Article (September-2017)

Articles

Leadership development in Startups

Ishita Agghi

Designation : -   Research intern

Organization : -  Snapdeal, Gurgaon

Other Writers : -  Abhishek Budhraja - Director, Snapdeal, Gurgaon

01-Sep-2017

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Unfortunately, there is little or no literature which demystifies leadership development in startups. Learning by doing is the "mantra", but the trick to scaling up, lies somewhere in the ability of startups to also identify and nurture the leadership pipeline. For multiple reasons, past experiences with leadership development efforts in startups have resulted in average returns and working in a startup ourselves, we wanted to crack it once and for all. By nature, LD efforts are cost and effort intensive and hence the pressure to succeed is immense. The efforts are directed towards the best and failure of programs could hurt in more ways than one. Most of our discussion and research has been derived from startups or literature about companies which have had "technology" as their core, but can be easily extrapolated to other fields.
Methodology followed 
We started with an internal study, followed by an extensive literature review of available material, capped with an external benchmarking exercise which ensured our recommendations reflected the best resources internally and externally. This also meant critically analysing every single initiative run in the company over the past 3 years from a very different lens, different from the favourite in - process HR measures to the ones which made sense for the business & the individual only.
When are startups ready?
The perennial question plaguing startups is whether one is ready to make significant investment in leadership development early on. Our strong view is that extensive efforts in leadership development should start once there is a certain sense of predictability to the business. Leadership development is less likely to yield returns when it is not capped with succession planning and micro - managing of "action - learning" assignments/projects. If a startup is in the early stages, a more "reactive" approach should be followed, wherein self - directed learning and on the job coaching become the most potent tools for leadership & people development. Self - directed learning, in today's world would (for the large part) mean making the most appropriate topics available to the target population, preferably in the form of byte sized modules and revised via quick, agile training needs analysis. Top it with engagement initiatives centric around leadership exposure and you will be fine. More investment than this, if not backed by conscious leadership intent in succession planning (which is genuinely difficult) may prove to be counterproductive.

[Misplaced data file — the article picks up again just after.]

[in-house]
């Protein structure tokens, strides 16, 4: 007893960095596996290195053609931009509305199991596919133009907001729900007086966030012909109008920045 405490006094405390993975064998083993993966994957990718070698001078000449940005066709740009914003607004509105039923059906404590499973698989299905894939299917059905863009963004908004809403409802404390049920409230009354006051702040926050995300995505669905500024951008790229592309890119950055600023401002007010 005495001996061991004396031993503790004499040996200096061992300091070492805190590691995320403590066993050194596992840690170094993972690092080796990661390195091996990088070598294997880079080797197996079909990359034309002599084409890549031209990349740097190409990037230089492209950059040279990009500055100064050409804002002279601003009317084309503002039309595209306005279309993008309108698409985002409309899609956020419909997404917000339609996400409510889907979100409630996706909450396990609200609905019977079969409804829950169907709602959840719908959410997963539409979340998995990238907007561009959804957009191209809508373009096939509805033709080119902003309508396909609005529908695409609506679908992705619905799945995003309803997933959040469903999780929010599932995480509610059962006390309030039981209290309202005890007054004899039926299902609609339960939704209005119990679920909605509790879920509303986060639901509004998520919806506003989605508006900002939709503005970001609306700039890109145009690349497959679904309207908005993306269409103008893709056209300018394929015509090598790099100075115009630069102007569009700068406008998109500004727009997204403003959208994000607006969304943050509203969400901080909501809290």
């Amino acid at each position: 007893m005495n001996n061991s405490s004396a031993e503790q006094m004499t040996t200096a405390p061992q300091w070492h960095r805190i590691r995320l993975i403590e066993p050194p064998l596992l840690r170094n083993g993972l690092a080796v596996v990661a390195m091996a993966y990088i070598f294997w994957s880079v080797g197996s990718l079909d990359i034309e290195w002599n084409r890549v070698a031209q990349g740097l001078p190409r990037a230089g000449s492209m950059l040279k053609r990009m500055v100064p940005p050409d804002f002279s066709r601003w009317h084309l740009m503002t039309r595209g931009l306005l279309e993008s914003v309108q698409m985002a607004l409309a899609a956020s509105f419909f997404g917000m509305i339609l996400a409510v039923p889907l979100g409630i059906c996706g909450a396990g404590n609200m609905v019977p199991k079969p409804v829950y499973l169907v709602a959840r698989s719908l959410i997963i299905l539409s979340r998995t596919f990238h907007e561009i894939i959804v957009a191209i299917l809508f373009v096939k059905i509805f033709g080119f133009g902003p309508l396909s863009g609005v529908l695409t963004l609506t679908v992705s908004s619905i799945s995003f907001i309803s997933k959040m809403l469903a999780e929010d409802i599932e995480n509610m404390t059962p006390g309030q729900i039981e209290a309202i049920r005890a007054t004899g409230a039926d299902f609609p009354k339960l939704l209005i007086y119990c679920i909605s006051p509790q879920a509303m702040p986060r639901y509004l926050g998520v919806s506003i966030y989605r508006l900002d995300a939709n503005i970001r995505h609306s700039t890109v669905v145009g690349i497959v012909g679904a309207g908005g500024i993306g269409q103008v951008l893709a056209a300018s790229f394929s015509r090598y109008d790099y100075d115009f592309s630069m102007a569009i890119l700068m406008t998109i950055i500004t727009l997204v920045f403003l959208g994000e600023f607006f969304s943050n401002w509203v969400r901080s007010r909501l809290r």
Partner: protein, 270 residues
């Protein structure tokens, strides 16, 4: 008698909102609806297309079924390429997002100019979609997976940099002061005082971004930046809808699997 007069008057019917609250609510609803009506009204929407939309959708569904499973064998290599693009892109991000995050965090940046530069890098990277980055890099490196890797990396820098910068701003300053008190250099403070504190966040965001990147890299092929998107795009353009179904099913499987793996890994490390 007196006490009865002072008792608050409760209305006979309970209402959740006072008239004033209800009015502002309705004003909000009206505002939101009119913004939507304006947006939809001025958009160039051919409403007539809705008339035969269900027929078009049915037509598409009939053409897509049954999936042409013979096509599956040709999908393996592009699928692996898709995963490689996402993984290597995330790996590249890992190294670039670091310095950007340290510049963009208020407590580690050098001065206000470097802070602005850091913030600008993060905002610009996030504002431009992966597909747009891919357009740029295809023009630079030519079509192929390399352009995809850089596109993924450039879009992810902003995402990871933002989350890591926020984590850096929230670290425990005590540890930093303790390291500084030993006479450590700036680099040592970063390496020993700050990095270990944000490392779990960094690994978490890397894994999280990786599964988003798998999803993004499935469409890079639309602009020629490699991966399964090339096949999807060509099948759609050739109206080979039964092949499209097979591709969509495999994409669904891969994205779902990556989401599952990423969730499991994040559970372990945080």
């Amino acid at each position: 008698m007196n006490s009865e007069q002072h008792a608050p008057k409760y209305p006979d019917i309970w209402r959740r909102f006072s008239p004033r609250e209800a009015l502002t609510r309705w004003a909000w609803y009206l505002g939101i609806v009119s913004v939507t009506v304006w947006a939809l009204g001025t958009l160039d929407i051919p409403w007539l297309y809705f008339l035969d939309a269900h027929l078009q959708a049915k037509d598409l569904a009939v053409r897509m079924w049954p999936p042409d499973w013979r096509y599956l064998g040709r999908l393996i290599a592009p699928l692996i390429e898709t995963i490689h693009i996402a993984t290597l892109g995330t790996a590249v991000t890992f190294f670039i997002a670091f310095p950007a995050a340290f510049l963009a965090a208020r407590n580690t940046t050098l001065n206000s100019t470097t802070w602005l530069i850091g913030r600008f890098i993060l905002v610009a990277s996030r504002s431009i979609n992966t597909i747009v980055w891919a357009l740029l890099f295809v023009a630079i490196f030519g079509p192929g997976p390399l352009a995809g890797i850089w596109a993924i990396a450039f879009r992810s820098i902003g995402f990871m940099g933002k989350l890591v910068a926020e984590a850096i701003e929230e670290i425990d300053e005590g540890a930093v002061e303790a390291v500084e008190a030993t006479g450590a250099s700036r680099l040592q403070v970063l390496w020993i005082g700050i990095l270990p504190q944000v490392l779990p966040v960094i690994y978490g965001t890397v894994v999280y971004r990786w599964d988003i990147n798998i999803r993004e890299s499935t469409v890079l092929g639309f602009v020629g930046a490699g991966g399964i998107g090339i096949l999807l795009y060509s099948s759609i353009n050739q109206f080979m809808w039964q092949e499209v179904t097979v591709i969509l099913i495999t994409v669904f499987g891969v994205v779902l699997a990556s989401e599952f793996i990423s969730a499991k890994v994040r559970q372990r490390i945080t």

Defining the Context & impact on leadership "requirements"
HR programs, if designed, without defining the context fail miserably. "Traditional programs" which we have learnt about from (vintage) companies are likely to fail in setups where Maslow's laws apply very differently. A few things which are fundamentally different are tabulated below and this list isn't exhaustive. The difference in context also implies that expectations from Leadership change a bit too. While the core of what leadership means continues to be how Dave Ulrich & Marshall/Goldsmith define it, there are finer nuances which need to be plugged into the startup leader for sustained success.
Net, Startups are different and leadership too, is unique. Some key competencies which are different vis-à-vis traditional setups are illustrated below -
  • Receptivity to new ideas & knowledge
  • Clear Concise communication
  • High risk appetite
  • Innovation with limited resources
  • High change appetite
  • Decision making with limited information
  • Systems Thinking
  • Design thinking
Program Derailers & possible workarounds